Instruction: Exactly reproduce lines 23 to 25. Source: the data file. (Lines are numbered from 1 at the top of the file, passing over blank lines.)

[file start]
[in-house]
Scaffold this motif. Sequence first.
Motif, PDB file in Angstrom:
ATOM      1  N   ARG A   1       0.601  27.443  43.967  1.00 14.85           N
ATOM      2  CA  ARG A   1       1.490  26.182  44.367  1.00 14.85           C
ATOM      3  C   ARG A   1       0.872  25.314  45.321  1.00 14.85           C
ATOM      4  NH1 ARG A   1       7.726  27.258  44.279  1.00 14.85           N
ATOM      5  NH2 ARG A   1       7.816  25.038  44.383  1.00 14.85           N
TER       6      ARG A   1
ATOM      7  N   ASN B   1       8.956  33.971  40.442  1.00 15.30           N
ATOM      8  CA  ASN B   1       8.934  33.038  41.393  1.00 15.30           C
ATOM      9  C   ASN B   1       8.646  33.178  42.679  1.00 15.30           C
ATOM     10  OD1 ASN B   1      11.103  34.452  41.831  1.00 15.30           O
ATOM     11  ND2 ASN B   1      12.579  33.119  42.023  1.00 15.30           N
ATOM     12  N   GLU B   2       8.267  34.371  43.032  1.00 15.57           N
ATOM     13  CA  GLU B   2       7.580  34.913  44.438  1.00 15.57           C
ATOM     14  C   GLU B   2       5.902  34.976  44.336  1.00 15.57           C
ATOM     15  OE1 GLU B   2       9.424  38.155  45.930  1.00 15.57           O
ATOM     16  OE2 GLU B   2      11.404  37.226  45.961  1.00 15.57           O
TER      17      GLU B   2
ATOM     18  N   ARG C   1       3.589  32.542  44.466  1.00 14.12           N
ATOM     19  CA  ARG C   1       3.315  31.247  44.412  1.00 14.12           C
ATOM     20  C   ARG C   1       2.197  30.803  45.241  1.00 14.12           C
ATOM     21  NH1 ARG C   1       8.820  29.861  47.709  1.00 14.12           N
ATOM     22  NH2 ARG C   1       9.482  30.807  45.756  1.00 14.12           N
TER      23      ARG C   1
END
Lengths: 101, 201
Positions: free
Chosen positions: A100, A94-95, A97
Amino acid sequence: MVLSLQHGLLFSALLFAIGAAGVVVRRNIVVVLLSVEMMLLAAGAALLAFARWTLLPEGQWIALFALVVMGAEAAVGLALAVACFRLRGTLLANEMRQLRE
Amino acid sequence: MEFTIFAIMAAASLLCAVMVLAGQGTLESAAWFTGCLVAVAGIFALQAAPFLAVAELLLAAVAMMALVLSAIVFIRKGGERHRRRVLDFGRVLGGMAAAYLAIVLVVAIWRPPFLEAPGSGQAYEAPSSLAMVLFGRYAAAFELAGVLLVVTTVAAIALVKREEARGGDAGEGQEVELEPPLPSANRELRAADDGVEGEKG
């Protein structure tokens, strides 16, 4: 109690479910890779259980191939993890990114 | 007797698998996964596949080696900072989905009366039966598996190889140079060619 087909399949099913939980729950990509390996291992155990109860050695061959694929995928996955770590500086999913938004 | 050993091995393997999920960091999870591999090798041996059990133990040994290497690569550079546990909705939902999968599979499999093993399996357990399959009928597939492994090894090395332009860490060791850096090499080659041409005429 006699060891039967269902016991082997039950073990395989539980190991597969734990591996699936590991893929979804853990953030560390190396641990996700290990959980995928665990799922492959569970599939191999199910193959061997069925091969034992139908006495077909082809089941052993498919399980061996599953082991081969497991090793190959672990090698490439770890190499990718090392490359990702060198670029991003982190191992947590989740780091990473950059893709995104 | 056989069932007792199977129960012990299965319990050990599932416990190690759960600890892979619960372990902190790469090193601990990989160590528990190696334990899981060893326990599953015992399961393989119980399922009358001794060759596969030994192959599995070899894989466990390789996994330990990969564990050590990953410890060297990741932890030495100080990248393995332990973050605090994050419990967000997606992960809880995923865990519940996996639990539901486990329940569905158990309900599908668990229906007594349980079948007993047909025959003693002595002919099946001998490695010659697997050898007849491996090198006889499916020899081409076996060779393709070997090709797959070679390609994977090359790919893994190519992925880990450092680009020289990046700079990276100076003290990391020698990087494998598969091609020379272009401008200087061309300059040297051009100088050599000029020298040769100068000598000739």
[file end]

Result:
ATOM     20  C   ARG C   1       2.197  30.803  45.241  1.00 14.12           C
ATOM     21  NH1 ARG C   1       8.820  29.861  47.709  1.00 14.12           N
ATOM     22  NH2 ARG C   1       9.482  30.807  45.756  1.00 14.12           N